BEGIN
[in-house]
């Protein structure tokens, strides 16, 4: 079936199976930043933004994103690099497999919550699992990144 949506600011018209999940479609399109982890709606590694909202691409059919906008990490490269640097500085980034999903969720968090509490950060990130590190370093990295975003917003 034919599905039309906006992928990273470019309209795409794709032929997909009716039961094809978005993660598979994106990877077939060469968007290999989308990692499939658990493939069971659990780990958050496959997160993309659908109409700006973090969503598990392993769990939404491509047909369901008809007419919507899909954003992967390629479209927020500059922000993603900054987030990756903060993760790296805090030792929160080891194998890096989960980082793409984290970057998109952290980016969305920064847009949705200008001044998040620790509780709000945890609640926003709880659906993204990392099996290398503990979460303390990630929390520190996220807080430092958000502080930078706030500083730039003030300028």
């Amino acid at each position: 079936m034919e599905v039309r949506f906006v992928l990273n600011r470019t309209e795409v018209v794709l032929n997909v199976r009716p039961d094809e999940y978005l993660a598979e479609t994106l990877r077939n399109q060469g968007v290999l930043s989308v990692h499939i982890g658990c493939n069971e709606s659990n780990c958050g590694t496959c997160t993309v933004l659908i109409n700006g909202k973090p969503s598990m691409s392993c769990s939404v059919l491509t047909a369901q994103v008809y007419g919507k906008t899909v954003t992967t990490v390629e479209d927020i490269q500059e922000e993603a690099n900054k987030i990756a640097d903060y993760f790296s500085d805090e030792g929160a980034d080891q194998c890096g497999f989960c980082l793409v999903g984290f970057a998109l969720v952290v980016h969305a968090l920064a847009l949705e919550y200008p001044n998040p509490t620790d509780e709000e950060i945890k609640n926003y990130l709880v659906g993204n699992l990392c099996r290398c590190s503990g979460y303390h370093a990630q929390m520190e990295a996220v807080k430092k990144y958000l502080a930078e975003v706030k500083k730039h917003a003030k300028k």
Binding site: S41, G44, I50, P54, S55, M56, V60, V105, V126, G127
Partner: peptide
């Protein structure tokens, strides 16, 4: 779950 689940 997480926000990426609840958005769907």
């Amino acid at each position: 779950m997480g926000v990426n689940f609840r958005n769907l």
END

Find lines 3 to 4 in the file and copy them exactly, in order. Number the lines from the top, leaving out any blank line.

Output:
């Amino acid at each position: 079936m034919e599905v039309r949506f906006v992928l990273n600011r470019t309209e795409v018209v794709l032929n997909v199976r009716p039961d094809e999940y978005l993660a598979e479609t994106l990877r077939n399109q060469g968007v290999l930043s989308v990692h499939i982890g658990c493939n069971e709606s659990n780990c958050g590694t496959c997160t993309v933004l659908i109409n700006g909202k973090p969503s598990m691409s392993c769990s939404v059919l491509t047909a369901q994103v008809y007419g919507k906008t899909v954003t992967t990490v390629e479209d927020i490269q500059e922000e993603a690099n900054k987030i990756a640097d903060y993760f790296s500085d805090e030792g929160a980034d080891q194998c890096g497999f989960c980082l793409v999903g984290f970057a998109l969720v952290v980016h969305a968090l920064a847009l949705e919550y200008p001044n998040p509490t620790d509780e709000e950060i945890k609640n926003y990130l709880v659906g993204n699992l990392c099996r290398c590190s503990g979460y303390h370093a990630q929390m520190e990295a996220v807080k430092k990144y958000l502080a930078e975003v706030k500083k730039h917003a003030k300028k």
Binding site: S41, G44, I50, P54, S55, M56, V60, V105, V126, G127